Cernan guessed. Schmitt verified that the rear wheels were also turning. The Boeing, GM and MSFC engineers and managers smiled and nodded at the news. Apollo 17 had its rover, and it was shaping up to be a great mission. Schmitt took several photographs of Cernan driving the stripped-down rover. After parking the LRV near the LM, the two astronauts began to outfit it for their first EVA. Cernan loaded the communications equipment on the front of the rover, while Schmitt configured the back of the LRV, beginning with the Aft Pallet Assembly and Lunar Hand Tool Carrier, the Traverse Gravimeter Experiment, and sampling tools and bags. Cernan completed setting up the telecommunications equipment and powered on the TV camera and the LCRU.
"Hey, we have a picture, 17. We have a picture,'' Parker acknowledged, as Ed Fendell began operating the TV camera from his console in Houston. Cernan went to the rear of the rover to initialize the gravimeter and get the first reading. Nothing could be loaded on the LRV while the TGE was operating in order to get an accurate reading, so the astronauts deployed the American flag and took turns photographing each other next to it, with Challenger and the LRV in the background. This flag was particularly significant, as Schmitt explained for all those listening.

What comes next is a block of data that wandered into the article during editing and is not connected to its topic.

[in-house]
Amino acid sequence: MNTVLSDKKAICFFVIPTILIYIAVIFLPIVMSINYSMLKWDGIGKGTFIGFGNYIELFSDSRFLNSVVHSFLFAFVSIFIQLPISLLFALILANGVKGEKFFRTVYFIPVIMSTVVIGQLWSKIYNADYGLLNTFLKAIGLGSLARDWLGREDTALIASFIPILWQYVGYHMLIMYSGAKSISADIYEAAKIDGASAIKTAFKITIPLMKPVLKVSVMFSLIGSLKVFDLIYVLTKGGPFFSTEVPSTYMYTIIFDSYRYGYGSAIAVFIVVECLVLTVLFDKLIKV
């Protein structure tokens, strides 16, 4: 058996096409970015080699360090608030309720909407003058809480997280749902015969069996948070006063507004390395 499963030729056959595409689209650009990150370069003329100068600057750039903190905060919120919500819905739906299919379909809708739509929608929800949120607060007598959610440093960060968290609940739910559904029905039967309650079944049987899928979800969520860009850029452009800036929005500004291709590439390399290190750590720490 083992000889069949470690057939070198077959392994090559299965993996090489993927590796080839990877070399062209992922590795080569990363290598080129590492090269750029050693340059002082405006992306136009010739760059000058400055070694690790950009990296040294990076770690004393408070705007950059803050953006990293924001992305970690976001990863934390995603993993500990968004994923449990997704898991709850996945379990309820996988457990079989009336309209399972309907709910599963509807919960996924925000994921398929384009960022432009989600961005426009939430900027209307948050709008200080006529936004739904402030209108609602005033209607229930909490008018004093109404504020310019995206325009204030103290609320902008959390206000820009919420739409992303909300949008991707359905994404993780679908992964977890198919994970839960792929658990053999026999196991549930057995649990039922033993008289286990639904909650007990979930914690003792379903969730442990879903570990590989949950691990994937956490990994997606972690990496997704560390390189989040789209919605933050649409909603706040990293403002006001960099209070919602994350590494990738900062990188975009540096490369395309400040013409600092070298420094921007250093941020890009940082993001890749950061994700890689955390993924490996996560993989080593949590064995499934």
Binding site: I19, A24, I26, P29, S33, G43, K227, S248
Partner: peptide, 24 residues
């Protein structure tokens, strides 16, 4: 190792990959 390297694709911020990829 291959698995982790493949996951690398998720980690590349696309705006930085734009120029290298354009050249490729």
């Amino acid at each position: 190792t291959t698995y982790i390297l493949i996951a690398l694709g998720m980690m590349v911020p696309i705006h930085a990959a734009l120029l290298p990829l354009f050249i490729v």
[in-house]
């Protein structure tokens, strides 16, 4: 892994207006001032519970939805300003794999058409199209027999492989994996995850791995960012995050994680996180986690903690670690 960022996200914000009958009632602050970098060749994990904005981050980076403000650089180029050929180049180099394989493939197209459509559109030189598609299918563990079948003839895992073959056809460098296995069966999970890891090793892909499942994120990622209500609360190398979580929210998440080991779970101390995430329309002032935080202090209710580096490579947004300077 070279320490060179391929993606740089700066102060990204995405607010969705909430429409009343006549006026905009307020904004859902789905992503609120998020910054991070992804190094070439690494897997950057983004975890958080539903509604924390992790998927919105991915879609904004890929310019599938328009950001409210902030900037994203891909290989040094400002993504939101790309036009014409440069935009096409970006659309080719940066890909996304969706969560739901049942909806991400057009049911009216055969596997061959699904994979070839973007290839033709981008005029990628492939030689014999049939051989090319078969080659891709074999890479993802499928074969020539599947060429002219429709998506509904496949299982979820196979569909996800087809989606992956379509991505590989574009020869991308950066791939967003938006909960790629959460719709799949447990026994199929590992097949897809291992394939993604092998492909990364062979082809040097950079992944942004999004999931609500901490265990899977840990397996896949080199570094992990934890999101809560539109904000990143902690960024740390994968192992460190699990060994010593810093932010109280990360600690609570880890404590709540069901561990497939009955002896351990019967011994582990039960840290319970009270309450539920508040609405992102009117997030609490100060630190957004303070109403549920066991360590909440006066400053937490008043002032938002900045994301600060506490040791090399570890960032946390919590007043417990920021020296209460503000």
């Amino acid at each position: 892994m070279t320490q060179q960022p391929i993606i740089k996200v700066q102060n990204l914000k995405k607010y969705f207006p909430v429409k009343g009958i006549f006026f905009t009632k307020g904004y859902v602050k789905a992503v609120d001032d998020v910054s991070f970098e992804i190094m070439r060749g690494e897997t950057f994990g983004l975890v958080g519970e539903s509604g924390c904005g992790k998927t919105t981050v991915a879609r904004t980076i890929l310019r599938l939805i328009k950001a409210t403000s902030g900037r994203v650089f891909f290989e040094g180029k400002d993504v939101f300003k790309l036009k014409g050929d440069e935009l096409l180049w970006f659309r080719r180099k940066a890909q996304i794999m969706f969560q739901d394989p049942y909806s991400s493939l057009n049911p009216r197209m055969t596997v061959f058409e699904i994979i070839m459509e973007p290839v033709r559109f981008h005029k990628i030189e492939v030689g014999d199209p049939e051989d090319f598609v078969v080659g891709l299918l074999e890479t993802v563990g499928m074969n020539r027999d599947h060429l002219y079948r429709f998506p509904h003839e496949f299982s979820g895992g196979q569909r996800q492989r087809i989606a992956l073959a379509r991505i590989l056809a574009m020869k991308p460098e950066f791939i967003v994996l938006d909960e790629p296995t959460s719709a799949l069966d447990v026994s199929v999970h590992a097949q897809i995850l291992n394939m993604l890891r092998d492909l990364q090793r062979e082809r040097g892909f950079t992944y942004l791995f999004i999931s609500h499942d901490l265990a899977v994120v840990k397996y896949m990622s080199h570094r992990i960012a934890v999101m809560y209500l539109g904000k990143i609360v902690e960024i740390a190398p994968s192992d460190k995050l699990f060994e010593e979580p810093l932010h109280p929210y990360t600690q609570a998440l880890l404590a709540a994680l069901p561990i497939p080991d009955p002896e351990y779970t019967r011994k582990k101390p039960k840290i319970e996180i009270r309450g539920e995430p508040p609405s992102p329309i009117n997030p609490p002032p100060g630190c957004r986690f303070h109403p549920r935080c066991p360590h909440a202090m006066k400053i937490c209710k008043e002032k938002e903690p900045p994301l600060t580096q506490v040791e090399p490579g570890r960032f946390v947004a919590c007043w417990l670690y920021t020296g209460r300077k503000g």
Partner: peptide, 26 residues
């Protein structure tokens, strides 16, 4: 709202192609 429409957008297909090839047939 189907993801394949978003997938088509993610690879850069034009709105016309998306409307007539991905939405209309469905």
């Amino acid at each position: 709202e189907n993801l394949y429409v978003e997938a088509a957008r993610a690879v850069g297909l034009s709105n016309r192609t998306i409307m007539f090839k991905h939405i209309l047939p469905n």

"Houston, I don't know how many of you are aware of this, but this flag has flown in the MOCR (Mission Operations Control Room at the Johnson Space Center in Houston) since Apollo 11. And we very proudly deploy it on the Moon, to stay for as long as it can, in honor of all those people who have worked so hard to put us here and to put every other crew here and to make the country, United States, and mankind, something different than it was.''
The next important task was deploying the ALSEP, which Schmitt performed. Of all the Apollo astronauts, Schmitt was the most knowledgeable regarding the ALSEP, having been involved with its design almost from the beginning. This ALSEP was different, having some experiments carried over from previous missions, but with several new experiments. Some additional experiments would be deployed during traverses. The heat flow experiment, the lunar geology investigation, the cosmic ray detector and the soil mechanics experiment returned for Apollo 17. New experiments included the Lunar Surface Gravimeter, Lunar Ejecta and Meteorites, Lunar Seismic Profiling, Lunar Atmospheric Composition, Lunar Traverse Gravimeter, Surface Electrical Properties and Lunar Neutron Probe. The last of the ALSEPs was the most sophisticated piece of equipment ever deployed on the Moon. Prior to deployment, the ALSEP was configured like a barbell, with experiments on each end of the bar, so the astronaut could walk to the deployment site about 100 meters from the LM. Schmitt was perhaps the most relaxed of all the Moonwalkers, and would occasionally break out in song while doing his tasks. Deployment of the ALSEP would be methodical and deliberately slow, not only to ensure proper placement from the Central Station as planned, but to avoid destroying any cables by snagging them with one of their boots, as John Young had done on Apollo 16.